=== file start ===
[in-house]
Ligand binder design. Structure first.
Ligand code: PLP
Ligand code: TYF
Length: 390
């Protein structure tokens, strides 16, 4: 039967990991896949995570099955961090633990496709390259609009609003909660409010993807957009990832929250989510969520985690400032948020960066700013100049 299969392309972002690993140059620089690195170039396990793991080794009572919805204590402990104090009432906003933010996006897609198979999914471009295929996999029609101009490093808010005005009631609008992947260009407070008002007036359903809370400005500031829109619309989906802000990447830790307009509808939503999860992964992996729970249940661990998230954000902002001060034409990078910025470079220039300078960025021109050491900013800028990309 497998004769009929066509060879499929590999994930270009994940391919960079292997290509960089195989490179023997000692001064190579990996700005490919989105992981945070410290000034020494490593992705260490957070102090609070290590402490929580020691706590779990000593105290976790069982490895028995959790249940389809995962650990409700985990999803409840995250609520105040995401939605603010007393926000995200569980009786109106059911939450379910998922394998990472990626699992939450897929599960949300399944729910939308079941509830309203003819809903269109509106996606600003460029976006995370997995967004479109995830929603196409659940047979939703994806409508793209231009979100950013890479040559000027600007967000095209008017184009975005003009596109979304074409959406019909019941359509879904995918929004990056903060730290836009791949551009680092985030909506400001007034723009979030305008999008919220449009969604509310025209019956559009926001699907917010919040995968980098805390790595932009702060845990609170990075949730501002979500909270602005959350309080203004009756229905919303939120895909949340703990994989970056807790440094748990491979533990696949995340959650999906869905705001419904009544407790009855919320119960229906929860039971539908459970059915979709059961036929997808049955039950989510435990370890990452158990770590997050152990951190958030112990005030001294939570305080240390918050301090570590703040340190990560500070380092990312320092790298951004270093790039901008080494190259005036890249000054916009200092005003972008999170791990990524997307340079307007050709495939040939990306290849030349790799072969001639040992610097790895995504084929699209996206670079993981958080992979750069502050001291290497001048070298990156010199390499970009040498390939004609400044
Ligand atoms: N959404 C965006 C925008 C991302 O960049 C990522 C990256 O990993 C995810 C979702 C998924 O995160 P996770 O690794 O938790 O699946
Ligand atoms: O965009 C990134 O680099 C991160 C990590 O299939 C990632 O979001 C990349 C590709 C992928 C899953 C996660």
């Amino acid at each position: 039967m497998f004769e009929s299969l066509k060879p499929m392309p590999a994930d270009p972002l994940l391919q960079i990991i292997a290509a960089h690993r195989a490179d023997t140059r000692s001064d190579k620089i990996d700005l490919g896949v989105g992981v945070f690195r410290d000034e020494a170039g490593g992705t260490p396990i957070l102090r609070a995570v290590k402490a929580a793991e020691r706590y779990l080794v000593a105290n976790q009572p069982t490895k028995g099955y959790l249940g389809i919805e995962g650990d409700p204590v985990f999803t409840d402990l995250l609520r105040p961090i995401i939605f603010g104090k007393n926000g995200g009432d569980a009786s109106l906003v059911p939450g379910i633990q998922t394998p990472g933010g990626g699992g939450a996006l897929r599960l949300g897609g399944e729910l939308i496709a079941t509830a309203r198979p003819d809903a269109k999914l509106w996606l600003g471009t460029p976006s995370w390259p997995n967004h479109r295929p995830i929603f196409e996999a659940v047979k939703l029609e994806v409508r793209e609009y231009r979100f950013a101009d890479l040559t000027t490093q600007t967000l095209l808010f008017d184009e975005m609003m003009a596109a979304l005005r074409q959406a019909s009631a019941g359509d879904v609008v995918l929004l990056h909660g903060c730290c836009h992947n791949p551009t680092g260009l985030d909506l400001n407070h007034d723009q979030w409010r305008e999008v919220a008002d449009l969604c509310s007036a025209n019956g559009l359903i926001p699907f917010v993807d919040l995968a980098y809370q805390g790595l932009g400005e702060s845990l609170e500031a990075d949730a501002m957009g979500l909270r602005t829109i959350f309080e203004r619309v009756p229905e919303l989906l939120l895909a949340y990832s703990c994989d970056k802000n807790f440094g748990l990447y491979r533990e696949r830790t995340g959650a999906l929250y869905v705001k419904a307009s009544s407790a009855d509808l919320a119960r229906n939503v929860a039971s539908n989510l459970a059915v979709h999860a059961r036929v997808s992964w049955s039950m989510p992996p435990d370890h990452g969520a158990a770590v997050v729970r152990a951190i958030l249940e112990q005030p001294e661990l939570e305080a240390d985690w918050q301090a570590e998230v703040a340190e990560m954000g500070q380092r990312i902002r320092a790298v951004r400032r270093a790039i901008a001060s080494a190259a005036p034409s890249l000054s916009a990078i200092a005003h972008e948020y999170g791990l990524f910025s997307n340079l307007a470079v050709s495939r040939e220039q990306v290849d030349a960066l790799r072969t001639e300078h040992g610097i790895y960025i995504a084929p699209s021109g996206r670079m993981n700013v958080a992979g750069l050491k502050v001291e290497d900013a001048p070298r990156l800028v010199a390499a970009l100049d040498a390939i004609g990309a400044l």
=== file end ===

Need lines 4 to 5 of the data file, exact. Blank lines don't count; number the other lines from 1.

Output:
Ligand code: TYF
Length: 390